See the full article (Independent, Brian Rex, 2/11/14)
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Pirate Radio Gives Voice to Syrian Opposition
The broadcast was the premiere of a music show on Radio Watan, one of more than a dozen opposition radio stations that have sprung up since the start of the revolt against the Syrian president, Bashar al-Assad. The stations are run by young civilian activists who played an important role early in the uprising but have since been targeted by government forces, sidelined by Islamist rebels and attacked by extremist groups who consider them infidels for airing music and women's voices.
See the full article (New York Times, Ben Hubbard, 2/10/14)*NYT subscription may be required to access full story
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John Pilger on British Media and The Iraq War
Well-known journalist John Pilger writes of how the BBC worried about a program featuring guests who reveal UK actions involving kidnap and torture and participation in the Iraq war.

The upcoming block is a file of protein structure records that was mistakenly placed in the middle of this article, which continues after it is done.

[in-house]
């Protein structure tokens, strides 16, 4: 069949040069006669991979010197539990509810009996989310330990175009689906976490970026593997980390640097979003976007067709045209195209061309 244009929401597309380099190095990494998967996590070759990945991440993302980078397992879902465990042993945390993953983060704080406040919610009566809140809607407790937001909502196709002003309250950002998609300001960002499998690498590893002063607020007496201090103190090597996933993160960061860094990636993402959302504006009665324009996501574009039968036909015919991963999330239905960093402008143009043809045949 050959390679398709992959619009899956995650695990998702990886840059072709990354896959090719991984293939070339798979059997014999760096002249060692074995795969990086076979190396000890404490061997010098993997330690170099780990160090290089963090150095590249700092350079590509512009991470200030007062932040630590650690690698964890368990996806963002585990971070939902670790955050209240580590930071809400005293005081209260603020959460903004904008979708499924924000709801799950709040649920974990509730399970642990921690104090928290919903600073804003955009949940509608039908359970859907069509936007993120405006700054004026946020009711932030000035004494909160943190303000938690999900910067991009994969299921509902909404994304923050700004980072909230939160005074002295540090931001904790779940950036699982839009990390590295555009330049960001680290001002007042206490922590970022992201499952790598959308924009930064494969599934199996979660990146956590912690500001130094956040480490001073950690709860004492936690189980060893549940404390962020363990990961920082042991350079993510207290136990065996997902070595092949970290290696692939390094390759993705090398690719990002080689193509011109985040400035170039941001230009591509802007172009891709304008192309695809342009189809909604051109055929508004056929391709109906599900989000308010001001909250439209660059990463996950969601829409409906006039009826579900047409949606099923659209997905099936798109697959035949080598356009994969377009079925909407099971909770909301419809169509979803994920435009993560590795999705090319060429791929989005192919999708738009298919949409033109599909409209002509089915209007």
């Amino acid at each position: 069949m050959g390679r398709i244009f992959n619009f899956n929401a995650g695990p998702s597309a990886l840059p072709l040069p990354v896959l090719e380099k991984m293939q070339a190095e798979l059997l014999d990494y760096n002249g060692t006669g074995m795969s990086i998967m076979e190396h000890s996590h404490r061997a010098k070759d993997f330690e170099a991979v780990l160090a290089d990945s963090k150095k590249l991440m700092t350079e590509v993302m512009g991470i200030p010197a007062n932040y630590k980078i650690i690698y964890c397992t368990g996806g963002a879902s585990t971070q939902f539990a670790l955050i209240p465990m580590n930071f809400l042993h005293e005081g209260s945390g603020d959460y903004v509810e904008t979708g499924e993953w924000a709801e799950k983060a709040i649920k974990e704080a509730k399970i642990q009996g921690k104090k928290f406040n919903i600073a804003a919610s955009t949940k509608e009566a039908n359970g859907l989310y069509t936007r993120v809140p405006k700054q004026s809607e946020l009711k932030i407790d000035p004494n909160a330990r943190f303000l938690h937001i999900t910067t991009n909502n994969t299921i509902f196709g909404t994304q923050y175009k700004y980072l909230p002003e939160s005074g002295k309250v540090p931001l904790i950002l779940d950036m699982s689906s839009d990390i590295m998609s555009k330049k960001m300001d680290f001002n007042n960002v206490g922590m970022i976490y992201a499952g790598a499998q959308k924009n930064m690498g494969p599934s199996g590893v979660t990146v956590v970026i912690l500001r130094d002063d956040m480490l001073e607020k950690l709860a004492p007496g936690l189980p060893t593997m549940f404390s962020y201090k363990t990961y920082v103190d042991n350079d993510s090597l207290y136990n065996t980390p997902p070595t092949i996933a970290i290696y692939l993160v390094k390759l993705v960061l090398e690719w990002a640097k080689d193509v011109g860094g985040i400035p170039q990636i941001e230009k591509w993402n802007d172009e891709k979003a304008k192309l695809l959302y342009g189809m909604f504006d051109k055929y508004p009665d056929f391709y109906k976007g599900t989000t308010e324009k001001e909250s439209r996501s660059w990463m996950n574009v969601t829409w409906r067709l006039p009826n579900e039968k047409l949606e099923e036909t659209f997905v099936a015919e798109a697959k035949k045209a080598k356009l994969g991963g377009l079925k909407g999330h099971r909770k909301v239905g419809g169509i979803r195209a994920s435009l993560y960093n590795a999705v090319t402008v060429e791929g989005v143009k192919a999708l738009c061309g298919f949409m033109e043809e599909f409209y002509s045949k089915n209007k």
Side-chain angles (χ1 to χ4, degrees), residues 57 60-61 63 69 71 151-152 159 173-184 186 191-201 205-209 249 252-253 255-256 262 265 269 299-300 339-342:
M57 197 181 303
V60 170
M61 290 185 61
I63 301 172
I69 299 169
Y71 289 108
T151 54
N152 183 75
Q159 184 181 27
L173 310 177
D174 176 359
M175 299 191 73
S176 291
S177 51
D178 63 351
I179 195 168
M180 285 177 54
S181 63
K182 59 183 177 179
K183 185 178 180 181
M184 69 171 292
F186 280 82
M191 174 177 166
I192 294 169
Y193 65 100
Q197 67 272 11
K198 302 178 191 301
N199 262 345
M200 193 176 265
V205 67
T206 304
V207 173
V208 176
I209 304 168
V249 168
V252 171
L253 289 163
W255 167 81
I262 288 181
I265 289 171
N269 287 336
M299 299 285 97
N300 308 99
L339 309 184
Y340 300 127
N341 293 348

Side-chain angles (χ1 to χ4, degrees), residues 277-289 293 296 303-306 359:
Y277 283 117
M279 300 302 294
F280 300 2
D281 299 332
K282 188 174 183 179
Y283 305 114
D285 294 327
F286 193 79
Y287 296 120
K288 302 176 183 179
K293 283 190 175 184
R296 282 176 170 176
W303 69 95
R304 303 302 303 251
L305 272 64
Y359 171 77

See the full article (Digital Journal, Ken Hanly, 2/10/14)
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When Social Media is Your Only Hope
With a reach of 3.6 million people and counting, DigitalMaidan will continue to raise awareness of the human rights crisis in Ukraine until democracy is restored. To quote one of the thousands of Tweets posted by Ukrainians: What would you do if this were happening in your country?
See the full article (The Daily Beast, Andrea Chalupa, 2/10/14)
Click to read "Pakistani USIP Grantee Launches Internet Crowdfunding Campaign" an Olive Branch Post by Viola Gienger.
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Photoshopped Thein Sein Prompts Media Ethics Discussion
A front-page mash-up of
Burma President Thein Sein portrayed in traditional Burmese dancing garb and published in a local newspaper has drawn the ire of officials and some local media, who feel the image oversteps ethical boundaries.
See the full article (Irrawaddy, Simon Roughneen, 2/10/14)
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Egypt's Media War
Egyptians - and their media - are either with the military or they are considered to be with the 'terrorists'. As a consequence, news organisations have come under huge pressure and the jailing of Al Jazeera journalists has sent a chill through the foreign media contingent in Cairo. On the domestic side, Egyptian journalists who have not aligned themselves with the Sisi government have had to be very careful about what they report.